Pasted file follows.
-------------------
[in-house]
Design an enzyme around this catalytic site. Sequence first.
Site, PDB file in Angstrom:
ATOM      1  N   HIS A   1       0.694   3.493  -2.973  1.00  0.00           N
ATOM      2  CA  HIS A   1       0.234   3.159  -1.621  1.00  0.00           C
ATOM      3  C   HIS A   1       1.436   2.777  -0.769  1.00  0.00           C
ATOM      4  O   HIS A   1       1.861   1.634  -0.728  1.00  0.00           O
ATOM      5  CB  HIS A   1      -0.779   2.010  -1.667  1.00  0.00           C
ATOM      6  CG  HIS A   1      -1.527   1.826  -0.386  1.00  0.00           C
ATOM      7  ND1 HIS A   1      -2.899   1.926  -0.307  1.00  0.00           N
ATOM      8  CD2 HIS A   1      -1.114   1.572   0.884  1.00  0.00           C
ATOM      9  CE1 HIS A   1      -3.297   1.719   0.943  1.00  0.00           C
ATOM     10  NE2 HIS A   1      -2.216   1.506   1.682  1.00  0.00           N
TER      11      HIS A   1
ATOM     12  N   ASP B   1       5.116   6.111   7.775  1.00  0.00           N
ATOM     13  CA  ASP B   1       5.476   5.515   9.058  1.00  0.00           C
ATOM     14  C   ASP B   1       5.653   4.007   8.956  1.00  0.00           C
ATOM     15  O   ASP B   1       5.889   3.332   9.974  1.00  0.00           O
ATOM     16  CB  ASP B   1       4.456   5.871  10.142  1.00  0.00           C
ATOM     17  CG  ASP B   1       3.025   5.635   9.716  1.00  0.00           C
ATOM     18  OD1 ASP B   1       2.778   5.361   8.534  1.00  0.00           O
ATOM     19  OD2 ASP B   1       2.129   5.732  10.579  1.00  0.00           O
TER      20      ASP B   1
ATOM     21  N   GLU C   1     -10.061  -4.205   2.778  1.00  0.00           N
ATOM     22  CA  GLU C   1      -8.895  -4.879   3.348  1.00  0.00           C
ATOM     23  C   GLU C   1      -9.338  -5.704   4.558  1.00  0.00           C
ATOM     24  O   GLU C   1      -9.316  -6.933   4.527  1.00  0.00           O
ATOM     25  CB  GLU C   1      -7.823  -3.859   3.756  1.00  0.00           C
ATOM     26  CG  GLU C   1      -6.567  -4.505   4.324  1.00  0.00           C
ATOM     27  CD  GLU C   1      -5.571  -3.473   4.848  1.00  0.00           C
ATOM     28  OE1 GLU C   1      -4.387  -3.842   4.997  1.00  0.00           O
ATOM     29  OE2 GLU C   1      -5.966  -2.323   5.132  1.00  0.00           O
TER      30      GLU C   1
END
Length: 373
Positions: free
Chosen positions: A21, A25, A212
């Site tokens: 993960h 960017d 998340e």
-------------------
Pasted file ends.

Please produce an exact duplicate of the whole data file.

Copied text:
[in-house]
Design an enzyme around this catalytic site. Sequence first.
Site, PDB file in Angstrom:
ATOM      1  N   HIS A   1       0.694   3.493  -2.973  1.00  0.00           N
ATOM      2  CA  HIS A   1       0.234   3.159  -1.621  1.00  0.00           C
ATOM      3  C   HIS A   1       1.436   2.777  -0.769  1.00  0.00           C
ATOM      4  O   HIS A   1       1.861   1.634  -0.728  1.00  0.00           O
ATOM      5  CB  HIS A   1      -0.779   2.010  -1.667  1.00  0.00           C
ATOM      6  CG  HIS A   1      -1.527   1.826  -0.386  1.00  0.00           C
ATOM      7  ND1 HIS A   1      -2.899   1.926  -0.307  1.00  0.00           N
ATOM      8  CD2 HIS A   1      -1.114   1.572   0.884  1.00  0.00           C
ATOM      9  CE1 HIS A   1      -3.297   1.719   0.943  1.00  0.00           C
ATOM     10  NE2 HIS A   1      -2.216   1.506   1.682  1.00  0.00           N
TER      11      HIS A   1
ATOM     12  N   ASP B   1       5.116   6.111   7.775  1.00  0.00           N
ATOM     13  CA  ASP B   1       5.476   5.515   9.058  1.00  0.00           C
ATOM     14  C   ASP B   1       5.653   4.007   8.956  1.00  0.00           C
ATOM     15  O   ASP B   1       5.889   3.332   9.974  1.00  0.00           O
ATOM     16  CB  ASP B   1       4.456   5.871  10.142  1.00  0.00           C
ATOM     17  CG  ASP B   1       3.025   5.635   9.716  1.00  0.00           C
ATOM     18  OD1 ASP B   1       2.778   5.361   8.534  1.00  0.00           O
ATOM     19  OD2 ASP B   1       2.129   5.732  10.579  1.00  0.00           O
TER      20      ASP B   1
ATOM     21  N   GLU C   1     -10.061  -4.205   2.778  1.00  0.00           N
ATOM     22  CA  GLU C   1      -8.895  -4.879   3.348  1.00  0.00           C
ATOM     23  C   GLU C   1      -9.338  -5.704   4.558  1.00  0.00           C
ATOM     24  O   GLU C   1      -9.316  -6.933   4.527  1.00  0.00           O
ATOM     25  CB  GLU C   1      -7.823  -3.859   3.756  1.00  0.00           C
ATOM     26  CG  GLU C   1      -6.567  -4.505   4.324  1.00  0.00           C
ATOM     27  CD  GLU C   1      -5.571  -3.473   4.848  1.00  0.00           C
ATOM     28  OE1 GLU C   1      -4.387  -3.842   4.997  1.00  0.00           O
ATOM     29  OE2 GLU C   1      -5.966  -2.323   5.132  1.00  0.00           O
TER      30      GLU C   1
END
Length: 373
Positions: free
Chosen positions: A21, A25, A212
């Site tokens: 993960h 960017d 998340e």